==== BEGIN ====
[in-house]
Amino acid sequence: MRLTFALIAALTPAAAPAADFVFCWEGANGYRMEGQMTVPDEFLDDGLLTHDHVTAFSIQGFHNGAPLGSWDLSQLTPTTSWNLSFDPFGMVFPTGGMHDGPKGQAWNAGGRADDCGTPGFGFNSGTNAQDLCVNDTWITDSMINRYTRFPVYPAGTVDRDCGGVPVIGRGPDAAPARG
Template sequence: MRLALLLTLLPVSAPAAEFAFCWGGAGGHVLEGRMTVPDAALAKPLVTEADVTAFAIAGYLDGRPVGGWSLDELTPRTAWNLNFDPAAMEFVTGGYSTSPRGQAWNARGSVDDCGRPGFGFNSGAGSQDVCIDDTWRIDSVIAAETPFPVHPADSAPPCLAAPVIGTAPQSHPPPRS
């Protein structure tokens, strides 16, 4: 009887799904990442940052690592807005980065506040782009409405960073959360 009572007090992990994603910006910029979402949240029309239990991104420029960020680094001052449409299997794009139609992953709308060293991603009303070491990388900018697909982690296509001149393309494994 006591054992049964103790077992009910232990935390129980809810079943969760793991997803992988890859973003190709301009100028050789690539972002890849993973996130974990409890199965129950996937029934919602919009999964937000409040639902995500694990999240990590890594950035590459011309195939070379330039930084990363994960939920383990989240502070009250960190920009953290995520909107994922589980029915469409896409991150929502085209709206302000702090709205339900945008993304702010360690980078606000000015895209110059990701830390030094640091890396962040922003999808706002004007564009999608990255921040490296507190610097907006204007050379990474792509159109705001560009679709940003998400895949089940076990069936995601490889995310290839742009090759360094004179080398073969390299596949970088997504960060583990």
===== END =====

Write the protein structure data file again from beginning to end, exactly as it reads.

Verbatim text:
[in-house]
Amino acid sequence: MRLTFALIAALTPAAAPAADFVFCWEGANGYRMEGQMTVPDEFLDDGLLTHDHVTAFSIQGFHNGAPLGSWDLSQLTPTTSWNLSFDPFGMVFPTGGMHDGPKGQAWNAGGRADDCGTPGFGFNSGTNAQDLCVNDTWITDSMINRYTRFPVYPAGTVDRDCGGVPVIGRGPDAAPARG
Template sequence: MRLALLLTLLPVSAPAAEFAFCWGGAGGHVLEGRMTVPDAALAKPLVTEADVTAFAIAGYLDGRPVGGWSLDELTPRTAWNLNFDPAAMEFVTGGYSTSPRGQAWNARGSVDDCGRPGFGFNSGAGSQDVCIDDTWRIDSVIAAETPFPVHPADSAPPCLAAPVIGTAPQSHPPPRS
């Protein structure tokens, strides 16, 4: 009887799904990442940052690592807005980065506040782009409405960073959360 009572007090992990994603910006910029979402949240029309239990991104420029960020680094001052449409299997794009139609992953709308060293991603009303070491990388900018697909982690296509001149393309494994 006591054992049964103790077992009910232990935390129980809810079943969760793991997803992988890859973003190709301009100028050789690539972002890849993973996130974990409890199965129950996937029934919602919009999964937000409040639902995500694990999240990590890594950035590459011309195939070379330039930084990363994960939920383990989240502070009250960190920009953290995520909107994922589980029915469409896409991150929502085209709206302000702090709205339900945008993304702010360690980078606000000015895209110059990701830390030094640091890396962040922003999808706002004007564009999608990255921040490296507190610097907006204007050379990474792509159109705001560009679709940003998400895949089940076990069936995601490889995310290839742009090759360094004179080398073969390299596949970088997504960060583990």